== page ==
Intuition: It's what self-driving cars lack

By Phil Berg
Special to The Detroit News

I spent several days in 1996 riding on Swedish highways with Christer Gustafsson, longtime chief of Volvo's safety research department. One day he told me he had never had an accident.

“I guess I have spent so much time studying crash scenes I think I just avoid putting myself into situations where they happen," he said. "I don't know, I get this sense.”

Driving a car is complicated, and some are questioning when artificial intelligence might fully be up to the task of taking over completely.

Delphi engineers test autonomous cars at University of Michigan Transportation Research Institute’s Mcity on Monday, September 11, 2017 in Ann Arbor, Michigan.

"There’s growing concern among AI experts that it may be years, if not decades, before self-driving systems can reliably avoid accidents,” New York University artificial intelligence expert Gary Marcus told The Verge technology website.

One hurdle in the development of self-driving cars is whether to enable cars to think like humans, or to train vehicles to navigate roads using other methods than modeling human intelligence.

Some experts believe that people react primarily on responses to feelings, not by thinking through every move. That includes driving.

Self-driving cars being tested today are being “taught” millions of potential situations of how traffic works and what can go wrong, and their systems are able to search these possibilities very quickly. That's the way that IBM's Deep Blue chess computer won games against chess champion Garry Kasparov in 1997. 

Computer scientist Ray Kurzweil says Deep Blue's process is not thinking, at least not like that done by a human. Kurzweil explains the Deep Blue computer's chess-playing ability did not make use of “graceful” game moves, Instead, it won by relying on quick access to an enormous memory. Humans, he explains, can predict future possibilities using methods of pattern recognition. Current AI development strives to replicate this.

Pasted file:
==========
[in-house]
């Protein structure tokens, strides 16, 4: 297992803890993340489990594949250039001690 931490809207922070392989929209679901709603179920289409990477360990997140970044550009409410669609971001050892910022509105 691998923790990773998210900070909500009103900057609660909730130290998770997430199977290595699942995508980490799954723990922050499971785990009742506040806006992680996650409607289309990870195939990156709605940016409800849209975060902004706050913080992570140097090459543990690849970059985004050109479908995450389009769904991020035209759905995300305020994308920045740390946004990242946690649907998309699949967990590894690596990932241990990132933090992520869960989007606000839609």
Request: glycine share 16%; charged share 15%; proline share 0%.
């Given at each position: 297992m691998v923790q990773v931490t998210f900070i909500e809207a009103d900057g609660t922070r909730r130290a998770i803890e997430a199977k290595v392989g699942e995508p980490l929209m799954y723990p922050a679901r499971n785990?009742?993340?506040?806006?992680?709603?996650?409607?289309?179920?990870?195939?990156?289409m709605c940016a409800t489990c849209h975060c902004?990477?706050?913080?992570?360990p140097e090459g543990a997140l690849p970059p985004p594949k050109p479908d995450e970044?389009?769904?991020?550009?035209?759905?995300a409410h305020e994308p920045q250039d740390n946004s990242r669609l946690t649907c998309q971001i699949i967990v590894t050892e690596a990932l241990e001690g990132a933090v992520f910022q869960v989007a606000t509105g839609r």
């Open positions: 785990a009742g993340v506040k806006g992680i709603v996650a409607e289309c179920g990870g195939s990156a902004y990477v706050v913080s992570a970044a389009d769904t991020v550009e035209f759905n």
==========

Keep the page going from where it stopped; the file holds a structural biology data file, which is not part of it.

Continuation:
Last October, Douglas Hofstadter, a professor of cognitive science at Indiana University, told that the Deep Blue and similar AI successes were based on making computers do highly specific tasks and using large memories of data to compare best outcomes, which is how AI is approached today.

“I don’t think that what we have today is 'intelligence,'” said Hofstadter, who recalled a recent traffic jam in which cars were driving through a median strip to leave a freeway. “This is part, for me, of what 'driving' is. It’s showing that the real world impinges in many facets on what the nature of driving is.

"If you look at situations in the world, they don’t come framed like a chess game or a Go game or something like that. A situation in the world is something that has no boundaries at all, you don’t know what’s in the situation, what’s out of the situation. I don’t think at this point we’re doing what brains do. We’re simulating the surface level of it, and many people are falling for the illusion.”

I've ridden recently in self-driving cars on test tracks — notably in Volkswagen Passats specially outfitted by supplier Continental — and in cars with advanced accident-avoidance systems.

The cars' performances are remarkable when braking, steering and pulling off onto a shoulder when they get confused. But so far, they don't get the same sense Volvo's Gustafsson feels that allows him to drive accident-free.